At the center of all these assumptions and projections is the apparently deteriorating position of Trump nationally as Election Day draws nearer. Already, more than 27.5 million people – including more than 4 million Texans – have cast their ballots, which means Trump is running out of opportunities to change the trajectory of the race.

Morning Consult’s recent poll found Trump leading Biden, 49%-47%, overall but trailing Biden, 52%-35%, among independent voters. The CBS Battleground Tracker poll conducted in October 2016 found Trump leading among independents, 48%-29%, and the Univ. of Texas/Texas Tribune poll from October 2016 found an ever bigger 46%-19% Trump advantage. At that time, around one eighth of likely voters were either undecided or expressed support for some other candidate. This year, far fewer voters are undecided or voting for someone else. Trump does not appear to be winning those voters over.

Since 2018, we’ve said that the biggest issues voters will consider when voting in 2020 are Trump, Trump and Trump. That was before COVID-19, an economic collapse, mass social unrest and catastrophic natural disasters. Despite all of this, Trump maintains the strong support of around the same 40% of the electorate that has always been strongly behind him. The problem for him, and Republicans generally, is that his administration appears to have made little progress toward growing that 40% base.

The big question is, do Republican and independent voters turned off by Trump limit their defections to his line on the ballot, or does their dissatisfaction go deeper down the ballot. Ironically, the elimination of the single-punch straight-party option means voters must now judge each Republican candidate on their own instead of blindly accepting the slate with a single check mark. Indeed, years of consistent straight-party voting, especially among voters who do not participate in primary elections, means a lot of Republican officeholders may be virtually unknown to a large swath of voters who have never marked the box by their names.

This of course also applies to Democratic candidates and, to a much lesser extent, minor party candidates. However, voters tend to be more motivated to vote against something than for it, and there is much to vote against this year.

Echoes of 2010

This year’s election is looking more and more like 2010, when voters took their dislike of the Obama presidency out on Democrats up and down the ballot. That election created the largest Republican legislative majority in state history just one election cycle after Democrats were a couple of mail pieces away from a 75-75 tie in the House. Twenty-one Democratic legislators were defeated in 2010.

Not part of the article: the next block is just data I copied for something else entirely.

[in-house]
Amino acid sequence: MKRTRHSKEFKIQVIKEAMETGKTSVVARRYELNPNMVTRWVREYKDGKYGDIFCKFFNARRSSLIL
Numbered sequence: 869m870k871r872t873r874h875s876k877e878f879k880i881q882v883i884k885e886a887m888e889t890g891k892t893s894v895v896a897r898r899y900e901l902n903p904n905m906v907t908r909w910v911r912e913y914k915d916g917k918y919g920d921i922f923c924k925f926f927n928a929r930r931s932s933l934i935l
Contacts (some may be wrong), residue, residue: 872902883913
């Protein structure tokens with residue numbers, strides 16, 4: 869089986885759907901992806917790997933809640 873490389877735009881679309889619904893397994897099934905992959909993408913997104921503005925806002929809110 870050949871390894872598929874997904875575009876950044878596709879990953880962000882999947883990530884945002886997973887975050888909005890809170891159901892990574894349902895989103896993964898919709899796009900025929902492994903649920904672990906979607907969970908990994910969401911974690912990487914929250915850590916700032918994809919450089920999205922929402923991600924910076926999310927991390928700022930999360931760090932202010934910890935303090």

If that precipitous fall from near parity was a one-act play, then 2018-20 may be a two-act play. Democrats flipped a dozen seats in the House in 2018. If they get the nine they need to win a majority, then the two-cycle shift will be 21 seats.

In 2018, Texas voters reacted to the first two years of Trump’s presidency by ousting two Republican members of Congress, two Republican state senators and eight Republican legislators. Four additional open Republican seats flipped to Democrats. It was the first time since 2006 that Democrats gained seats in either chamber in a gubernatorial election cycle. Turnout, measured as percent of registered voters casting ballots for the top office on the ballot, was the highest for a gubernatorial election since 1970 and exceeded 50% for the first time since 1994, the last year a Democrat won statewide.

In October 2010, the Univ. of Texas/Texas Tribune poll found Obama’s net job approval rating was +34 among Democrats, -52 among independents and -89 among Republicans. Last week, the UT/TT poll found Republicans’ net approval of Trump was a more tepid +20, while independents were slightly more disapproving (-56) and Democrats’ were roughly even (-86) with Republicans’ views 10 years earlier.

In the past week, we’ve seen an upswing in advertising supporting Biden and a significant increase in negative advertising aimed at Democratic House and congressional candidates, including Hegar. These trends make tangible a fear that Trump may now be a liability.

Dissatisfaction with the president, uneasiness about the economy and given an opportunity to change course, Texas voters in 2010 overwhelmingly chose a different direction. In 2018, an indication of that course change flowed through the U.S. Senate race to the state House to courtrooms and county offices. The stage is set for further course correction. Our model is beginning to come around to that possibility. We will run it again in a week or so.

©2020 Texas Election Source LLC